A call option is just the opposite in terms of the obligation--it is the right to buy at a specified price whereby the writer (seller) has the obligation to sell at that price. Imagine having bought a one-year call option on 100 shares of Tesla stock a year ago at the then current market price. On July 22, 2019 TSLA was going for about $255/share. By July 17, 2020 it was priced at about $1,500/share. Suppose you bought this option (right to buy at $255) for a cost of $5,000, and consider that the value of the call option right now would be about $125,000. That's a great outcome for the option owner and an awful outcome for the option writer (seller). 

Here are some examples in life of put options where we are the unfortunate, forced writers (sellers) and potential call options where we can be the prudent buyers. 

  • Flat tire, car wreck, . . .
  • Stomach bug, a cancer diagnosis, . . .
  • House fire, termites, . . .
  • Tripping on the sidewalk, bumping one's head, . . . 
  • Tornado, flood, . . .
  • [this list could go on and on]...
  • Nurturing good relationships and broad networks
  • Maintaining a diversified investment portfolio added to regularly with constant market exposure--long-term compounding is the call option (outsized upside) aspect of this
  • Putting a small but meaningful amount of money invested in esoteric opportunities like Bitcoin, a creative person's far-out idea/business, . . .
  • Embracing a willingness to try new things and keep all options on the table (including the option to walk away)--for example, just a slight geographic expansion in one's willingness to relocate can have a large impact on their employment options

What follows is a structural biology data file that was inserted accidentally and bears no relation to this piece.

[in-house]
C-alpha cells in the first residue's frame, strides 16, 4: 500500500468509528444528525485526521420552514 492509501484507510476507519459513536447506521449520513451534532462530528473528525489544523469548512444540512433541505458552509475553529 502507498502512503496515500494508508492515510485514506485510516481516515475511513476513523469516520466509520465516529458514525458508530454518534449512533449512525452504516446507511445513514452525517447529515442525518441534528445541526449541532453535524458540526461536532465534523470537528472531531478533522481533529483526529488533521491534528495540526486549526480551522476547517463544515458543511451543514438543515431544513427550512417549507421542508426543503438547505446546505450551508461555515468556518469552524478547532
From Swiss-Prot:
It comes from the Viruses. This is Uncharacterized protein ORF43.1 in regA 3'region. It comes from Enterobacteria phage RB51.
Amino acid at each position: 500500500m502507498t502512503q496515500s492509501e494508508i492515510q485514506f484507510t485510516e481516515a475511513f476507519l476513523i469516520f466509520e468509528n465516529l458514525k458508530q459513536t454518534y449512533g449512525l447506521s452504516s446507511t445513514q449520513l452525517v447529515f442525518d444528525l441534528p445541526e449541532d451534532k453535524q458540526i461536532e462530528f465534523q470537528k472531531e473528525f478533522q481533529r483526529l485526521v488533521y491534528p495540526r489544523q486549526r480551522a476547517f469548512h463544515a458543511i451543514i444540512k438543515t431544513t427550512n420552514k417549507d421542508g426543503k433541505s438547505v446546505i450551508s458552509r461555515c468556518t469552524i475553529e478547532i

• Learning diverse skills--good for career options, building networks, and knowing something that randomly comes in handy for the right time/right place
  • Not burning bridges; rather err on the side of putting oneself "out there"
  • Buying risk when others are risk averse and in increasing proportion to that aversion
  • Playing the lottery? Maybe, but...***
Find ways to disproportionately gain when things go well. Admittedly this is difficult as the opportunities are fleeting, rare, and easily outnumbered by fakes. Still, it is a very good way to improve one's holistic life portfolio. Perhaps the bottom line is when faced with two roads, take the one less traveled when the downside of each is close and the upside of the less traveled is high even if unlikely. 

*We don't even notify people of the Shazam Prize this way, or any way quite yet--coming soon.

**Technically this is an American option. A European option allows the transaction to only take place at the point of contract expiration. Effectively they are nearly identical in capital markets since one can always replicate the American option using a combination of European options or selling the European option to someone else.

***In most cases playing the lottery does not qualify under the prudent consideration--sometimes the expected value is actually positive, but the chances of a significant win are still mindbogglingly small. Still, $5 every once in a while (can you live up to that limit?) is a pleasurable escape from reality. My advice is simply to soak in the fantasy of what winning would be like considering also the downsides (change of lifestyle, lost friends, inability to trust many people, etc.). Perhaps to keep oneself in check, you should deliberately NOT play the lottery and accumulate those unspent funds in a separate account looking to its growth as a proud joy.